Art in exile: A prison cell as an exhibition venue
A glass box, 25 square meters (269 square feet) in size, contains a toilet, a bed, a table and chair and a sink — nothing more. This artistic installation is a replica of a prison cell at the high-security Silivri prison in Turkey and is titled Prison of Thought. Next door, the exhibition titled The Museum of Small Things is taking place in a part of Berlin's Maxim Gorki Theater.
The show features a collection of everyday objects political prisoners may have: a telephone card, a paper airplane, black tea. In video installations, actors explain how each object is used, providing insight into the lives of the imprisoned, their solidarity, as well as their communication with one another — and their hopes.
The exhibition was curated by Turkish journalist Can Dündar, along with Hakan Savas Mican. Dündar has been living in Berlin since 2016. He incurred the wrath of Turkish President Erdogan's government after reporting on arms deliveries by the Turkish intelligence service to Islamist militias in Syria in 2014. As punishment, he spent three months in pre-trial detention, then went into exile. Should he ever return to his homeland, 27 years in prison await him.
The exhibition was symbolically opened as part of the digital festival Re:Writing the Future, held in Berlin from February 25-28, 2021, and organized by the Allianz Cultural Foundation, the Maxim Gorki Theater and the Berlin Artists' Program of the German Academic Exchange Service (DAAD), among others. The exhibition will be on view as soon as Berlin's museums reopen
Artistic expression in prison
Since the coup attempt in July 2016, journalists, opposition politicians, academics, and cultural workers in Turkey have found themselves subject to increasingly harsh repression. Many are imprisoned, while the Turkish government stubbornly maintains that only those who have engaged in terrorist activities have been jailed. Many have chosen to leave Turkey and live abroad in exile.
But how does artistic freedom take shape in prison or in the foreign land of exile? How is resistance documented? In the virtual panel "Undoing Prison," which also took place as part of the digital festival, Dündar explored these questions in conversation with writer Aslı Erdogan, Kurdish artist and journalist Zehra Dogan, and sociologist Nil Mutluer. All participants in the conversation live in Berlin.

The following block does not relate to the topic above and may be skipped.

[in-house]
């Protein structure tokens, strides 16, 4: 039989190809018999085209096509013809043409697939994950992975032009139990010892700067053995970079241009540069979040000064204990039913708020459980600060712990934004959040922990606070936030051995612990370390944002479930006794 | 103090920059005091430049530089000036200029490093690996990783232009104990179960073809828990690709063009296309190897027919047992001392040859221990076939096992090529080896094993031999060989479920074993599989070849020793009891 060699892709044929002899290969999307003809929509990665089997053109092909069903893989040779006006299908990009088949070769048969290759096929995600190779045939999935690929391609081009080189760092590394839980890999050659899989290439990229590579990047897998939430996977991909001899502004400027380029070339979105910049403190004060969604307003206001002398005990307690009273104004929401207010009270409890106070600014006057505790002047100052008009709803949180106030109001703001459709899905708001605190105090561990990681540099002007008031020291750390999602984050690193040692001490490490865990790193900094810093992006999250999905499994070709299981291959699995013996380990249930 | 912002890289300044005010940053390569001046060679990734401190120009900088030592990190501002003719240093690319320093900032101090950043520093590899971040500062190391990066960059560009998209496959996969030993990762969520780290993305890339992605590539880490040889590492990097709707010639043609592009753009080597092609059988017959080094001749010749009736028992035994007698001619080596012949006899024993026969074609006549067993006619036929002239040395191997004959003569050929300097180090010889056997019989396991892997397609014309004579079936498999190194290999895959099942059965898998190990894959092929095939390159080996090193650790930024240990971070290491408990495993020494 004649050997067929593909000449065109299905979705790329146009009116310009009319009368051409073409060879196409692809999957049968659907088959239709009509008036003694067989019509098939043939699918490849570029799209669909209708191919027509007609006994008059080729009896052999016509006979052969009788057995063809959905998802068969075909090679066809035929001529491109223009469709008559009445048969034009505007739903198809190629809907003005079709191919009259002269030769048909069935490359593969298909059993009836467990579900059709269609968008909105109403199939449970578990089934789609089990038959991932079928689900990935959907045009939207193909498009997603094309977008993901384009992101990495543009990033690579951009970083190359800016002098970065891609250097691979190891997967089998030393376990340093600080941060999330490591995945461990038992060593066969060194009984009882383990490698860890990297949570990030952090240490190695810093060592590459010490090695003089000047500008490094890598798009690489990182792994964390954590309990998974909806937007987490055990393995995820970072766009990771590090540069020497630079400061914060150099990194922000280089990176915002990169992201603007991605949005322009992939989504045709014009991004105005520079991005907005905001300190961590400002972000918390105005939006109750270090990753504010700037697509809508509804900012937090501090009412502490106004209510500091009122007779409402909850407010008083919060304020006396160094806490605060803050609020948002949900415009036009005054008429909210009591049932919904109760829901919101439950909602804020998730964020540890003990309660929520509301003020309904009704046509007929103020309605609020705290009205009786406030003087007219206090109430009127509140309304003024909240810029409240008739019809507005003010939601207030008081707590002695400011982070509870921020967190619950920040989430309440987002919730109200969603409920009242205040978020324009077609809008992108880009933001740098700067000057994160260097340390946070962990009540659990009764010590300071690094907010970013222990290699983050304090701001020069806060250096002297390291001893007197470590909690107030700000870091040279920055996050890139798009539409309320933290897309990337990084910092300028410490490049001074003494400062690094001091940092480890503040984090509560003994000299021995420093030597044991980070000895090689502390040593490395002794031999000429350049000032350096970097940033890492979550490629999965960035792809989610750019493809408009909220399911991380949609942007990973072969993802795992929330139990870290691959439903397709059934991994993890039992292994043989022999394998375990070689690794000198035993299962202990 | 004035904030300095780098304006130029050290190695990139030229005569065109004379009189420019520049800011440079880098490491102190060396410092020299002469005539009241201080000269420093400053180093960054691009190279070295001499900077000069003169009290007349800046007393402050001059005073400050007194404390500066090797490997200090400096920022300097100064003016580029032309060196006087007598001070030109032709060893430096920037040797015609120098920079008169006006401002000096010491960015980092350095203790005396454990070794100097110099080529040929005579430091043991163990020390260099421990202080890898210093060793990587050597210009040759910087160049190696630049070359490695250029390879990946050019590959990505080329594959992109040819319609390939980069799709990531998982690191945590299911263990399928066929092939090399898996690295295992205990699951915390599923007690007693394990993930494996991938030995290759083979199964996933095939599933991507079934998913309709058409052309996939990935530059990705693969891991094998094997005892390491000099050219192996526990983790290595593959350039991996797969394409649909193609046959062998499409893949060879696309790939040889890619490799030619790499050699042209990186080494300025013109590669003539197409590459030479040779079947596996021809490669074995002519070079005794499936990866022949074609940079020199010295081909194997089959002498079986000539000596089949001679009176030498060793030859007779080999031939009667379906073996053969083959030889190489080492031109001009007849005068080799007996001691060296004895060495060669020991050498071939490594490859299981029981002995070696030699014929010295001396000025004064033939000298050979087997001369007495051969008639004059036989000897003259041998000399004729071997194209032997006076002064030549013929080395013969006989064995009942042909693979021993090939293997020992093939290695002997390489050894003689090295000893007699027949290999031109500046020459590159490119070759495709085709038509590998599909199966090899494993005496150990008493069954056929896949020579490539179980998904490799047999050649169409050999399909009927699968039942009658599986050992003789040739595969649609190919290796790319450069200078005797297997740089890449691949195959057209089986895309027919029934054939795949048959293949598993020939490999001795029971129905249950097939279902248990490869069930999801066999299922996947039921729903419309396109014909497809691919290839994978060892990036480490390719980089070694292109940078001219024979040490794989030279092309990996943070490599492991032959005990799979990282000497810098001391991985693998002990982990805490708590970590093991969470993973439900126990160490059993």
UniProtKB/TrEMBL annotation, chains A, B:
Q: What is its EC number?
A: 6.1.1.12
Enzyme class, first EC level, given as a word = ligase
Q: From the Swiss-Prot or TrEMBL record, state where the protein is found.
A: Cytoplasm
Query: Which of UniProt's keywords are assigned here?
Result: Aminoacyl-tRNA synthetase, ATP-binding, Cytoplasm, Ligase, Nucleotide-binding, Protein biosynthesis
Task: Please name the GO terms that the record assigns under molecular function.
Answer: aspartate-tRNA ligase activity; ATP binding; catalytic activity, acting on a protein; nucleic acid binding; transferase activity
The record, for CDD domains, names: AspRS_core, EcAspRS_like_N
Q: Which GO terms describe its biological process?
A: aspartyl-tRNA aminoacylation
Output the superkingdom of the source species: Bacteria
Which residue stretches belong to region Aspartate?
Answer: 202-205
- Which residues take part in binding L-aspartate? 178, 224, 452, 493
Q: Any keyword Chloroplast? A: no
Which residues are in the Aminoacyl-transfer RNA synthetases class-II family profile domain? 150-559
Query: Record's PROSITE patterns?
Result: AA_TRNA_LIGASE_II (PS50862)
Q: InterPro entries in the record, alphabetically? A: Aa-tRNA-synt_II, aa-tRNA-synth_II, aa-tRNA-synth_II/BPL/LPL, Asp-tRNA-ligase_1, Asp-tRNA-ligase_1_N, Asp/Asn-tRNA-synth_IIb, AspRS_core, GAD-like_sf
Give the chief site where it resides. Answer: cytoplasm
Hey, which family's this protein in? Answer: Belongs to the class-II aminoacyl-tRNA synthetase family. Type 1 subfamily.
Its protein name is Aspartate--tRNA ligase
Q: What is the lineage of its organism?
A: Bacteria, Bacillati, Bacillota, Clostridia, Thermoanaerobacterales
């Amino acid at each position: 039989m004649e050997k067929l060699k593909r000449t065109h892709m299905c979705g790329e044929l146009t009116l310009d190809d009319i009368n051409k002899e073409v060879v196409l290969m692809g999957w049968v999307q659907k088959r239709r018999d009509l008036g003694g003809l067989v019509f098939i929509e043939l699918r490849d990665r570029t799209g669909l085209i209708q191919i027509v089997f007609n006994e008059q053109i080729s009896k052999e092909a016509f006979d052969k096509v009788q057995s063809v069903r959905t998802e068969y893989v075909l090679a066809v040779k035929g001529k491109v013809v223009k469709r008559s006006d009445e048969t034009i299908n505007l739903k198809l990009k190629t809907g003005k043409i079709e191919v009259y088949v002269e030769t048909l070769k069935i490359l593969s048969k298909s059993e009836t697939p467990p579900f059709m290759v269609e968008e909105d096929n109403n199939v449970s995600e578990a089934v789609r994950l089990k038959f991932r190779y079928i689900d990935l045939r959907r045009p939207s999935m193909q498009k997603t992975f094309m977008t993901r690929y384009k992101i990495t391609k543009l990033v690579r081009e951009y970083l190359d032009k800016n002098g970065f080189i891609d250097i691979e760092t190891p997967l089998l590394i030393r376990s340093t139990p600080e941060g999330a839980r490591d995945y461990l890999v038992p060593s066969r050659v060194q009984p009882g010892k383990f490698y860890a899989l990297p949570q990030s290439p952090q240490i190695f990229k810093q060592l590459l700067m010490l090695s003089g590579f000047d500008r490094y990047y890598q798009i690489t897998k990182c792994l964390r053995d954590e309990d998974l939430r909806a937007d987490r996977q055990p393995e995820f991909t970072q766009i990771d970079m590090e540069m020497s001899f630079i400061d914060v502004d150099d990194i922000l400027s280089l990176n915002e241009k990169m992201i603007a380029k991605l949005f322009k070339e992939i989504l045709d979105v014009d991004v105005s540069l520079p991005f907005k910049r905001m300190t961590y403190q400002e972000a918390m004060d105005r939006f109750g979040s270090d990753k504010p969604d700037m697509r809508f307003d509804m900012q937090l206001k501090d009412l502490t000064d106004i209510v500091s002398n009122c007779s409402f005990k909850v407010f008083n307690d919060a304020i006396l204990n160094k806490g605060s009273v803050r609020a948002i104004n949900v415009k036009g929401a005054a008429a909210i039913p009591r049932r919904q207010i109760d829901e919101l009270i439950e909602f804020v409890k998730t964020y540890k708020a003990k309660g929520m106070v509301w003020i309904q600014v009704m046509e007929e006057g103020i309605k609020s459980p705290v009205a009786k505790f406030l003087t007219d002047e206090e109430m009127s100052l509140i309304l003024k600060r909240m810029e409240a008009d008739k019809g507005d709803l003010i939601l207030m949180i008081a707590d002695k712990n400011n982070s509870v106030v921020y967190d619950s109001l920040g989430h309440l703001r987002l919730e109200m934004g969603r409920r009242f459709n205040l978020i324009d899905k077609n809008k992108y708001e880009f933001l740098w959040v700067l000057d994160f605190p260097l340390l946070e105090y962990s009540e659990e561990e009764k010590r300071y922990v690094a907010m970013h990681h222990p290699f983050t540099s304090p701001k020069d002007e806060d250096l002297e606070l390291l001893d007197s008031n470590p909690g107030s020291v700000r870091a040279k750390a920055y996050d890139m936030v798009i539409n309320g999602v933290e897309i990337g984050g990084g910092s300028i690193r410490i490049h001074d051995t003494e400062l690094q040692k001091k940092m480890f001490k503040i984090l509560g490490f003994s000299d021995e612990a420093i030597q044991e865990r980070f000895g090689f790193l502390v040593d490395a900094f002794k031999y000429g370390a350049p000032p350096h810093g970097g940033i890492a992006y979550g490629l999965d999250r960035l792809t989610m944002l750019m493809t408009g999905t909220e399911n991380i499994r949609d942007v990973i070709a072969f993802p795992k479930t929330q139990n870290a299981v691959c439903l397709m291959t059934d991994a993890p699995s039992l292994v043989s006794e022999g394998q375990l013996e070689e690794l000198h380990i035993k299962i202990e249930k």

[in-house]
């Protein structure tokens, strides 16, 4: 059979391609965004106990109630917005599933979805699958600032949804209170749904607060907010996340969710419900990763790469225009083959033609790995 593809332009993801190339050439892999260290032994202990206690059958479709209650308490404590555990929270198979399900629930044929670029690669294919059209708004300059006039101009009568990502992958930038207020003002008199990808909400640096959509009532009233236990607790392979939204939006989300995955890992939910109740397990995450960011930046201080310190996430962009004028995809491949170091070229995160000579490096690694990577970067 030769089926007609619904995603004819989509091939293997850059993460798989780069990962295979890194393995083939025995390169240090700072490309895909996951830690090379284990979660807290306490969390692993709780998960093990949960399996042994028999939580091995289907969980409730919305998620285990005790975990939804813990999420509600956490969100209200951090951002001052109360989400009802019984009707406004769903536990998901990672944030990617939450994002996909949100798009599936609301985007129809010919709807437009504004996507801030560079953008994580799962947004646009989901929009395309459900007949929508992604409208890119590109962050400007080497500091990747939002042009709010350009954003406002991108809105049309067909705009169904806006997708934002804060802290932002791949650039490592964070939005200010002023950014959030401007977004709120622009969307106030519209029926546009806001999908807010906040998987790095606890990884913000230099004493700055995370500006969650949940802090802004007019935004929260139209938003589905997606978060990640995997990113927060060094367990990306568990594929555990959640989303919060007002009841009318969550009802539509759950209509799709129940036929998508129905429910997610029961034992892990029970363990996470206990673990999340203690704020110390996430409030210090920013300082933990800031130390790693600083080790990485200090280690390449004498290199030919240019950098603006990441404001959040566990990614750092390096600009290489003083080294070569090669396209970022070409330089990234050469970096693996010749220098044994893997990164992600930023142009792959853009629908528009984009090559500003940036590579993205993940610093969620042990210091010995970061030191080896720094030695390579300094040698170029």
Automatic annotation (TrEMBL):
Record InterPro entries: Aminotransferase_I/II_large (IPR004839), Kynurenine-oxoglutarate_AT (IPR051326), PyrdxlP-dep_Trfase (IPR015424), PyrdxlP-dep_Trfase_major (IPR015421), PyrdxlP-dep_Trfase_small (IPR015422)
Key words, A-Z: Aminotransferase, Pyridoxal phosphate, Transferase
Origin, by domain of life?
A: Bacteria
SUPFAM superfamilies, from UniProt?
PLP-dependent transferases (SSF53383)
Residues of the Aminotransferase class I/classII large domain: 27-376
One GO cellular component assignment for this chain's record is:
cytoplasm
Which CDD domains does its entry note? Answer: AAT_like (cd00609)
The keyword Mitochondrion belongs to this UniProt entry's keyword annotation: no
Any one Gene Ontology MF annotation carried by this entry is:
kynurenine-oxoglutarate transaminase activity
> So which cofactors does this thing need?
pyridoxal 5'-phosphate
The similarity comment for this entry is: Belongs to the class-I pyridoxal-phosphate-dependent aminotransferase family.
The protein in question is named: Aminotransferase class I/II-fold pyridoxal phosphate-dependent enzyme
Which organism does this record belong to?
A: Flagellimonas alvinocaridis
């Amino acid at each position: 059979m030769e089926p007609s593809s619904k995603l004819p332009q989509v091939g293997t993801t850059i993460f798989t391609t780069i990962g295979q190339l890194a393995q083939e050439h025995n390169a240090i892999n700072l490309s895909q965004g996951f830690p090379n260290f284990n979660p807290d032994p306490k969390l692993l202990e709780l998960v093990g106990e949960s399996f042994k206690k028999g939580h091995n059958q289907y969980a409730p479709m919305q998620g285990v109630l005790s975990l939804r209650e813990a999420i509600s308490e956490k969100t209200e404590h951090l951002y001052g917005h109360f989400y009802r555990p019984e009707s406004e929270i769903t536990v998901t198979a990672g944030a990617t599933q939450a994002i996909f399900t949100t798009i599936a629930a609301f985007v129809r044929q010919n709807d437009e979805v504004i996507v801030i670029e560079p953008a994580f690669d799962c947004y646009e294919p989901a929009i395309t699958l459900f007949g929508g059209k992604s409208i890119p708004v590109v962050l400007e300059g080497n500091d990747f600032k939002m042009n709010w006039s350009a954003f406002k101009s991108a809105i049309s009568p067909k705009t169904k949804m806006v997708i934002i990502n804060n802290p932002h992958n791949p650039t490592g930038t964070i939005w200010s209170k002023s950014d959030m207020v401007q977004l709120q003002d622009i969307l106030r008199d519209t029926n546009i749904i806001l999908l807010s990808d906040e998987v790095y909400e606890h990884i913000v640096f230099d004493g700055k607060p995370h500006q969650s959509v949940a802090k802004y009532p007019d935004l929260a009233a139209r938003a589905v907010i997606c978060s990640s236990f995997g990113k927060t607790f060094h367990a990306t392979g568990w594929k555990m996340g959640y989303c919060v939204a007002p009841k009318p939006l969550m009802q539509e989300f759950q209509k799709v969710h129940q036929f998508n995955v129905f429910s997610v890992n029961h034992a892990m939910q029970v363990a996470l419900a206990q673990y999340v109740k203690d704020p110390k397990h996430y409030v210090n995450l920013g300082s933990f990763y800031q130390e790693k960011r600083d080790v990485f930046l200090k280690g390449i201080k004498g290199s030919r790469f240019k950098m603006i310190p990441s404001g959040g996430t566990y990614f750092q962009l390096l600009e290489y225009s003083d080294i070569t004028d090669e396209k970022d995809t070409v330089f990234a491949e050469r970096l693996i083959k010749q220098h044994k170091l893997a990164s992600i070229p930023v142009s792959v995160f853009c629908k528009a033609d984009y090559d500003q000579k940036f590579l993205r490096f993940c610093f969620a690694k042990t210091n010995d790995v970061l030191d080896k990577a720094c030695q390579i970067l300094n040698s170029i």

"We didn't want to create a Madame Tussauds museum where visitors can look at how horribly people were once treated," Dündar says, explaining his exhibition. "This is still the current situation. We wanted to show that there is indeed repression, but there is also resistance."
Remnants of freedom even in detention
Kurdish artist and journalist Zehra Dogan knows what it means to struggle to maintain some semblance of freedom in prison. She grew up in eastern Turkey, "in an atmosphere of annihilation," as she describes it. In 2016, she was imprisoned for her image of the city of Nusaybin during the state of emergency imposed by the AKP government after the 2016-18 coup attempt.
But even during her nearly three years in prison, Dogan tried to stay artistically active with the means available to her. One artwork shows a bent-over woman's body onto which she has sewn her hair that fell out while she was in prison, stained with menstrual blood.
Time in prison leaves deep scars. For the physicist and writer Aslı Erdogan, it destroyed her relationship with language in particular. She was imprisoned for around five months along with 100 other intellectuals. She was sent to prison for symbolically taking over the editorial management of the Turkish-Kurdish newspaper Özgür Gündem (Free Agenda) for one day in an act of solidarity.
The Turkish state declared an article published that day to be terrorist propaganda and held her responsible. Although Turkish was her native language, she says prison destroyed her relationship to it. "Turkish quickly became the language of authority. I resent that," she said.
Kurdish artist Zehra Dogan has long known what alienation to one’s mother tongue by Turkish authorities can mean. She remembers being beaten by her teachers when she was five years old because she only spoke Kurdish and did not understand Turkish.
Can Dündar had to learn in exile that uprooting oneself also affects one's own language. For him, another painful experience: life in a foreign country does not mean freedom. "You are held hostage. Everything you say can be used against your family back home," he said. "Even if you are not in prison, you are not free. Because one's word is not free." A country where one is not free cannot become one's own country, he says. Only one's own writing becomes a kind of homeland, he adds.
Can Dündar: A dangerous life in exile
As part of the Berlin festival, human rights lawyer Veysel Ok also reported on the increasing authoritarianism and the greatly reduced spaces for artists and journalists in Turkey. He has called on Europe to take a stand for all of those oppressed, not just the big names. "European leaders and activists are mainly committed to well-known names such as the writer and journalist Ahmet Altan," he said. "But not for the Kurdish people who are unknown in Europe. They should be represented as well."
In realizing The Museum of Small Things, Can Dündar has fulfilled a dream. He would like to bring the exhibition to Turkey. But his main goal, he says, is to go to Silivri prison once again — to visit it like a visitor to a museum.
This article was translated from German by Sarah Hucal.